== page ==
1) Deluxe expansions, their are 3 of these out so far (Creation and Control, Honor and Profit and What lies ahead. These give the best bang for buck and are a great way to jumpstart your collection. Better value then data packs. BUY THESE FIRST. THEY MAKE THE FACTIONS INSIDE THEM PLAYABLE! Cost is $20 for 3x55 cards as opposed to $10 for 3x20.

2) Buy in the following order, these data packs:

What Lies Ahead (gives each faction an additional agenda, great variety) has many good cards in it overall.

Opening Moves (adds Jackson Howard, the best corporation card in the game that fixes the runner advantage.

Future Proof. Gives Eli 1.0, arguably one of the best ice in the game, Faerie (one of the best icebreakers in the game, project beale (enables NBN FA strat), R&D interface , midseasons. Just a great pack overall, one of the best imo.

Double Time: Contains NAPD contract!, one of the best neutral agendas in the game that fits well into most non bad publicity decks. Also contains quandary a staple in FA decks, hive (very strong weyland ice)
Also contains paintbrush and lucky find ( good runner eco card)(good program in quetzal and kit) and stealth chips.

After that its really up to you. Each pack has at least 1-2 cards that makes it a must buy IMO.



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Derrick Billings
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1. IMO, the best return on investment is a 2nd core set. This fills out the cards which are printed at 2x, gives you a second copy of the 1x cards, and also gives you a whole second playset of the 3x cards, which helps you to have more than one deck built at a time. A third core set is really only necessary to obtain 3x of a couple of cards, if you want to play those builds. Unfortunately obtaining singletons of those cards is probably almost as much as just buying a 3rd core. So either way don't bother trying to fill out your collection with online purchases, you'll only be spending more overall.

2. Tournament Rules require opaque sleeves if you use any Alt Art promo cards or Draft cards. (Both represent cards from the retail card pool, so it doesn't create rarity or exclusivity per se.)

3. There's one Runner ID that requires a 50 card minimum deck size, and Corp decks usually try to hit 49 (for agenda density reasons.) So theoretically 100 Dragon Shields will do you, but most players prefer different colored sleeves for their corp and runner decks.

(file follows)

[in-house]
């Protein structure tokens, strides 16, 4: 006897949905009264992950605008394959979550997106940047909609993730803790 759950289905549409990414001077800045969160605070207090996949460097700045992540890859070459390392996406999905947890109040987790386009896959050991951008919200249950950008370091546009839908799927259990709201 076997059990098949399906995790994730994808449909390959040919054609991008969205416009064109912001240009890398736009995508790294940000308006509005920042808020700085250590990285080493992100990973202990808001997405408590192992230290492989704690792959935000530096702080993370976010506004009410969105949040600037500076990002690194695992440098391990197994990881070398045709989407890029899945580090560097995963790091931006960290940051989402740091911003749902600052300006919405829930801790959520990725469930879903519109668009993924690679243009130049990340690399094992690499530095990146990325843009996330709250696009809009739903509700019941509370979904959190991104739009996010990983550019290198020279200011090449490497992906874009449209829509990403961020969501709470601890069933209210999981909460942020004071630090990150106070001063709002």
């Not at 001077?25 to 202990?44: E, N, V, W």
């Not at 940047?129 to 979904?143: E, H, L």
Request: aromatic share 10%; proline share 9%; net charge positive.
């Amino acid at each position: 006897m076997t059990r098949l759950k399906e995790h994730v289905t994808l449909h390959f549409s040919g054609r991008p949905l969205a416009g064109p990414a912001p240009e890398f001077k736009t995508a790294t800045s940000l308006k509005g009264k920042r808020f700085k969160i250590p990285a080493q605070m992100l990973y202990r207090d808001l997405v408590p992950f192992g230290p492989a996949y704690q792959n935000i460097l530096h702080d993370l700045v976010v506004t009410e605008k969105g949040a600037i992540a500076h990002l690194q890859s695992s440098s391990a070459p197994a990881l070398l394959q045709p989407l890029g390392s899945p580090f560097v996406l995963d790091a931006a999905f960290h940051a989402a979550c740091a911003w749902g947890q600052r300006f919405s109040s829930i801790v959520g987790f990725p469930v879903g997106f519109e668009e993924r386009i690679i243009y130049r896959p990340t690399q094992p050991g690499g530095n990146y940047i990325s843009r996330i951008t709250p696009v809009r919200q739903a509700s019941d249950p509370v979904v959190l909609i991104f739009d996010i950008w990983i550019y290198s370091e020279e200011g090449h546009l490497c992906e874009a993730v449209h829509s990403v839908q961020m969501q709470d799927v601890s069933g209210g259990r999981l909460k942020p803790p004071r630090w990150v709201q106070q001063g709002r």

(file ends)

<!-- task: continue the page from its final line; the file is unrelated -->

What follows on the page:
4. InkedPlaymats.com and elsewhere offer custom playmats with a suggested layout, but many players have their own preferences. It matters less for runner than it does for corp. Do yourself a favor though, and get in the habit of displaying your credits at the front of your play area, not piled up on your ID card.

5. You can teach the game out of 1-2 core sets, but they'll want their own collection. Particularly when you start adding Data Packs and Deluxe Sets, those only come with 3x of the cards, so you'll come to blows over who gets the Clone Chips and SMCs and Dirty Laundries and Jackson Howards.

 
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Zeb
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Amunra93 wrote:

...
2) Sleeves with artwork are easier to have markings on them which can be used for cheating that may be hard to detect. Some tournaments only allow clear sleeves because of this.


This is incorrect, no tournament requires clear sleeves. The company that makes Netrunner, FFG, even has a selection of art sleeves that are legal in all tournaments.
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1. Get two core sets then work through each data pack over time.

2. I prefer Ultra Pro's solid colored sleeves. There's 20 different colors now (Gold coming soon). I keep each deck in a different color. It's cute.

3. 50 is usually the most sleeves you'll need for a deck unless you're going for something a little strange.

4. There's special fan-made ones. I'll post back later.

5. You can easily share a collection.
 
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Andrew Keddie
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Zebadiah wrote:
Amunra93 wrote:

...
2) Sleeves with artwork are easier to have markings on them which can be used for cheating that may be hard to detect. Some tournaments only allow clear sleeves because of this.


This is incorrect, no tournament requires clear sleeves. The company that makes Netrunner, FFG, even has a selection of art sleeves that are legal in all tournaments.


You also posted above that only opaque sleeves were ok in tournaments, that's also not correct. Unless the rules have changed, sleeves are required at anything above casual tournaments, but opaque are only mandatory if using draft or alt-art cards because of the slightly different colours caused by being printed in-house.
 
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Tony Alonzo
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Wow,

Thanks for all of the terrific and rapid responses. Gotta love BGG and its community.